Next Generation EU issuance will boost euro’s reserve status, How to close the sustainable infrastructure gap, and more
THE WEEKEND REVIEW – OMFIF
Latest opinion and analysis from OMFIF around the world
14-18 June 2021, Vol.12 Ed.24
Next Generation EU issuance will boost euro’s reserve status: The Next Generation European Union fund exceeded all expectations with the debut bond deal for its €800bn programme, prompting issuers, investors and bankers alike to herald its potential impact on euro capital markets. A group of market participants, speaking on a panel during an AFME/OMFIF event, were enthusiastic about the deal’s reception and the implications for the euro’s role as a safe asset and a cornerstone of global capital markets, writes Clive Horwood. Read more .
How to close the sustainable infrastructure gap: Infrastructure investment is a priority for governments looking to ‘build back better’ after Covid-19. In the years to come, there will be a proliferation of projects in need of private capital. With the right incentives, they can be both bankable and sustainable, write Rudi Lang and Benjamin Taylor. Read more.
Analysing the results of June’s FOMC meeting: Christopher Smart, chief global strategist and head of the investment institute at Barings, and Steve Cecchetti, Rosen chair in international finance at the Brandeis International Business School, join OMFIF’s Mark Sobel to discuss the June Federal Open Market Committee meeting and the state of the Federal Reserve’s toolkit. Watch.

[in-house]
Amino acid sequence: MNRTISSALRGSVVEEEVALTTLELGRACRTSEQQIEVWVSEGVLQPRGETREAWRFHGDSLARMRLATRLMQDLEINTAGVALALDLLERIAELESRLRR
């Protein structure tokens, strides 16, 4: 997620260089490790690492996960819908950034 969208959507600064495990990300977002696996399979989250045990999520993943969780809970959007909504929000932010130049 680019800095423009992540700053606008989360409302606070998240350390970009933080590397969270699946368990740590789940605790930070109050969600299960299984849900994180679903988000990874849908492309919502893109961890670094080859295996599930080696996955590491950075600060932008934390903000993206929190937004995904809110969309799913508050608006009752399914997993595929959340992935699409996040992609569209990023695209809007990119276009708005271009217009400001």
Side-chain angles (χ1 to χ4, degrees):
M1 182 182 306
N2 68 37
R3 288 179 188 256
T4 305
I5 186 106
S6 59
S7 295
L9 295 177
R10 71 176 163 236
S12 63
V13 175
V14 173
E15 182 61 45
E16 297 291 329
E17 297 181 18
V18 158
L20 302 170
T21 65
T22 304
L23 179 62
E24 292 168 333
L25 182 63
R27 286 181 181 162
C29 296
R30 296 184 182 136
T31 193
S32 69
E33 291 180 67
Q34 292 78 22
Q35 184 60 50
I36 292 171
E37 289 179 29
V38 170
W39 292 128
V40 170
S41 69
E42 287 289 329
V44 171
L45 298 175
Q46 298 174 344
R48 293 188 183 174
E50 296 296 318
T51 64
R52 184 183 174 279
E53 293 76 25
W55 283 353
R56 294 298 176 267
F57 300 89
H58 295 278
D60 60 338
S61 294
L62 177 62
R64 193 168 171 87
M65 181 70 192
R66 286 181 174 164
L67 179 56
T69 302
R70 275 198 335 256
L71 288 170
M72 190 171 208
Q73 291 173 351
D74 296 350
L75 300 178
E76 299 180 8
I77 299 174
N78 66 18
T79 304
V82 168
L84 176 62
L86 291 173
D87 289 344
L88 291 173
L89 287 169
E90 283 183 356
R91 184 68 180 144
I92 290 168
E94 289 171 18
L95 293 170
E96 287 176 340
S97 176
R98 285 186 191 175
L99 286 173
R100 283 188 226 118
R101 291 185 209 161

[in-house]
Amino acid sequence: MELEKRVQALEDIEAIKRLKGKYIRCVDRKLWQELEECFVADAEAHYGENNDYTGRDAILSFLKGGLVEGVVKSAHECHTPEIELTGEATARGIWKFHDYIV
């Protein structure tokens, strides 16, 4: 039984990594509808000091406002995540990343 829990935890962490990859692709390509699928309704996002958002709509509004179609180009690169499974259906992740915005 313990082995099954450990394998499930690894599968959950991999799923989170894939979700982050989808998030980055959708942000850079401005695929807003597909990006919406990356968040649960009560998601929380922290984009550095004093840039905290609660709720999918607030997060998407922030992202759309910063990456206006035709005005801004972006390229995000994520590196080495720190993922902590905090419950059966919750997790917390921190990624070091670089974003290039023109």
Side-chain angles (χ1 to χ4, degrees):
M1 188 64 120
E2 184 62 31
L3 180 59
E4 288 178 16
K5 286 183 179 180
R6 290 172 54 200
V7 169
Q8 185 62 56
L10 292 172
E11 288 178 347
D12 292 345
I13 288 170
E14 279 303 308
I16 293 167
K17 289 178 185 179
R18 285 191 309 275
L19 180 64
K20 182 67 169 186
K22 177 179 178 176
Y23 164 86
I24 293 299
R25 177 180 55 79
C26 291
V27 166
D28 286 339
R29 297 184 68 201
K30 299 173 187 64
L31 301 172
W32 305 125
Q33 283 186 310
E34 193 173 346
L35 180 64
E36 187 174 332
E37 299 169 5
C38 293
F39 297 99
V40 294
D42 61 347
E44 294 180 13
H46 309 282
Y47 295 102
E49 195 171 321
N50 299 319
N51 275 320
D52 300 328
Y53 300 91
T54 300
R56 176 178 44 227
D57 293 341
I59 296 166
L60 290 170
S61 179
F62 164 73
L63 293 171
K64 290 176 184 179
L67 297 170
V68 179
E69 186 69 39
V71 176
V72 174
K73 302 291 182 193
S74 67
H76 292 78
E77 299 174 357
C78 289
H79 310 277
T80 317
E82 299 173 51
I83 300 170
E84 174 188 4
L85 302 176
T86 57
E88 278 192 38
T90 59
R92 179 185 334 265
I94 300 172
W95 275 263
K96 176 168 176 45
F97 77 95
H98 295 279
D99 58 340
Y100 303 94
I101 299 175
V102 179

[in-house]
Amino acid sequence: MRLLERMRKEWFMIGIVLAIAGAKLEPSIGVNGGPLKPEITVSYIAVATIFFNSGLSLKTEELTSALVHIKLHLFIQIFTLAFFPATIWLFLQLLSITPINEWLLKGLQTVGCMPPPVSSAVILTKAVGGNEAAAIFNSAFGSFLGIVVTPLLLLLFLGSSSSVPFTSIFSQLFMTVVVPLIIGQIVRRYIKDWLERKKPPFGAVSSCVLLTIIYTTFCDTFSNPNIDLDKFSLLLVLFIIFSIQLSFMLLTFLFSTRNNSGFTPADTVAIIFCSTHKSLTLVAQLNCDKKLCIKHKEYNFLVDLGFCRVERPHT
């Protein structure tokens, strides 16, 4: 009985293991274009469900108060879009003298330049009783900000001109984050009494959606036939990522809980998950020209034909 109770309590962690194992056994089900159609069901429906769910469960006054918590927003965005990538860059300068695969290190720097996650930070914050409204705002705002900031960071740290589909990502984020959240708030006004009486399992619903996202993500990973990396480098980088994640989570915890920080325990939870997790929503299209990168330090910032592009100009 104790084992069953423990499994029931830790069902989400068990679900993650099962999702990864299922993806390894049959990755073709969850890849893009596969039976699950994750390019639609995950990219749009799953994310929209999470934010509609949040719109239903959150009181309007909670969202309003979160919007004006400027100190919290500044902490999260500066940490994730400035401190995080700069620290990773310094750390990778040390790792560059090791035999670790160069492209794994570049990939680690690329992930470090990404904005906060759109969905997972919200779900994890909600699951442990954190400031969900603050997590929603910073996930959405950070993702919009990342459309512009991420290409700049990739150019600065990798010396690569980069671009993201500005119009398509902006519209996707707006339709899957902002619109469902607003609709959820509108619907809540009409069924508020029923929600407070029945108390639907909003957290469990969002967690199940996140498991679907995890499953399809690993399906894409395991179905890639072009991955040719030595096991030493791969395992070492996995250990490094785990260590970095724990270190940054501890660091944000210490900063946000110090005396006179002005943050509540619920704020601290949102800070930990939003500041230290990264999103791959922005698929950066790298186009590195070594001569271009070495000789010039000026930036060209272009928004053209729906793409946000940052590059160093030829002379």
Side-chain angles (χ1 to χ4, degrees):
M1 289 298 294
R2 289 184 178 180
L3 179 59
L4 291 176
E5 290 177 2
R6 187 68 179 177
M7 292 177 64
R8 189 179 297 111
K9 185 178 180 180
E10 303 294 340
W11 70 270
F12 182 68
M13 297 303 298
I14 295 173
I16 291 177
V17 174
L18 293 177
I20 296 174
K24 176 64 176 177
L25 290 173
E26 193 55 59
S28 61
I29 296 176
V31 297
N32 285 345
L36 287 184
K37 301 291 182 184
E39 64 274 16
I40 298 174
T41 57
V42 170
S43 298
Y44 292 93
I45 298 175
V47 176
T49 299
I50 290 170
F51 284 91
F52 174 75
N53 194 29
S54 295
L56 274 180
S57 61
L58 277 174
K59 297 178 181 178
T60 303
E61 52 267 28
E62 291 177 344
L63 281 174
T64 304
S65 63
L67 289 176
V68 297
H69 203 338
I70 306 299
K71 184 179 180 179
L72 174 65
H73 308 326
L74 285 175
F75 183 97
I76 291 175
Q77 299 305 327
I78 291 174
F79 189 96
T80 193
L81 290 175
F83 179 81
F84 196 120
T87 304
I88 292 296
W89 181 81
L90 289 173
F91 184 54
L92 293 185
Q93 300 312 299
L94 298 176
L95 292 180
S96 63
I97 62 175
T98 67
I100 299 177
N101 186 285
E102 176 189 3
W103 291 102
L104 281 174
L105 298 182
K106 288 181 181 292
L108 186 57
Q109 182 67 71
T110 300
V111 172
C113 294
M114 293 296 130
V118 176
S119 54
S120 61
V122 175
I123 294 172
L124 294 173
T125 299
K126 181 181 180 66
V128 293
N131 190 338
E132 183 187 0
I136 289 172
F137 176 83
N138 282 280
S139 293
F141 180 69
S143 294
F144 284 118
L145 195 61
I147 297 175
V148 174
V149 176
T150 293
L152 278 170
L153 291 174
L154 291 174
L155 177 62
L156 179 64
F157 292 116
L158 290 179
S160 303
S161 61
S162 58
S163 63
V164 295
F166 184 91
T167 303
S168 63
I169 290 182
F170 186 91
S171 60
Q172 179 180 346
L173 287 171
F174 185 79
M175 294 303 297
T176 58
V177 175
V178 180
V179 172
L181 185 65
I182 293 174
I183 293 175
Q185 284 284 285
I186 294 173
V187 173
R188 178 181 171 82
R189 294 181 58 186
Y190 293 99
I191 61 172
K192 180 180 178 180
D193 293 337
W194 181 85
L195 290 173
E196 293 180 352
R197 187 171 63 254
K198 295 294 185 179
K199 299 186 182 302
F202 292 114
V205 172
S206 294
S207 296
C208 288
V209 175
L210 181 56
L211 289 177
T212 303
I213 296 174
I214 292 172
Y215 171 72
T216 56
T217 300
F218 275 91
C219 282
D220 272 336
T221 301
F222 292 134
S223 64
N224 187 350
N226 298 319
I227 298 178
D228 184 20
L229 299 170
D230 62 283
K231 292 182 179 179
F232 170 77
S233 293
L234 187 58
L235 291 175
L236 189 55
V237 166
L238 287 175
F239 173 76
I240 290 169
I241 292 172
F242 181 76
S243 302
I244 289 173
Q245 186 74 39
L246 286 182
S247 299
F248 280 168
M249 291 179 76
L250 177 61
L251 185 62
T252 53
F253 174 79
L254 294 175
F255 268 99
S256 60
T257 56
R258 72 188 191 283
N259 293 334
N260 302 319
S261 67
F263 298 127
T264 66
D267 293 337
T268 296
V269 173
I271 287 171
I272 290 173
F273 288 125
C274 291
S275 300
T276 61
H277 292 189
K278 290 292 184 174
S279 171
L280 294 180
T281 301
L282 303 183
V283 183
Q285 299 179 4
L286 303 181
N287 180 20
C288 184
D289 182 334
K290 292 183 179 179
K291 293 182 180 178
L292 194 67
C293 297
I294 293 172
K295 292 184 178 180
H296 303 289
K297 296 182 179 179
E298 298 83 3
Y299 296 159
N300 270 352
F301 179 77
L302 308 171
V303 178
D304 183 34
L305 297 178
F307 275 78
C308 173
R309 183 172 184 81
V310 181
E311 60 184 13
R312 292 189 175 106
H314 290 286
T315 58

German companies back Brussels climate mitigation policy: German companies are embracing European Commission plans for a sustainable economy. That is the message of an OMFIF survey on sustainability challenges for large companies in Germany. It is the first significant effort in Europe to gauge reaction to the plans for a Corporate Sustainability Reporting Directive. Download the survey.
Central European outliers stick to inflation targeting: By the end of June, two central European nations, Czechia and Hungary, may tighten monetary policy. The Czech National Bank and Magyar Nemzeti Bank’s plans reflect a post-Covid world facing inflationary pressures. They stand out from the rest of the central banking world with their commitment to inflation targeting, writes Miroslav Singer. Read more.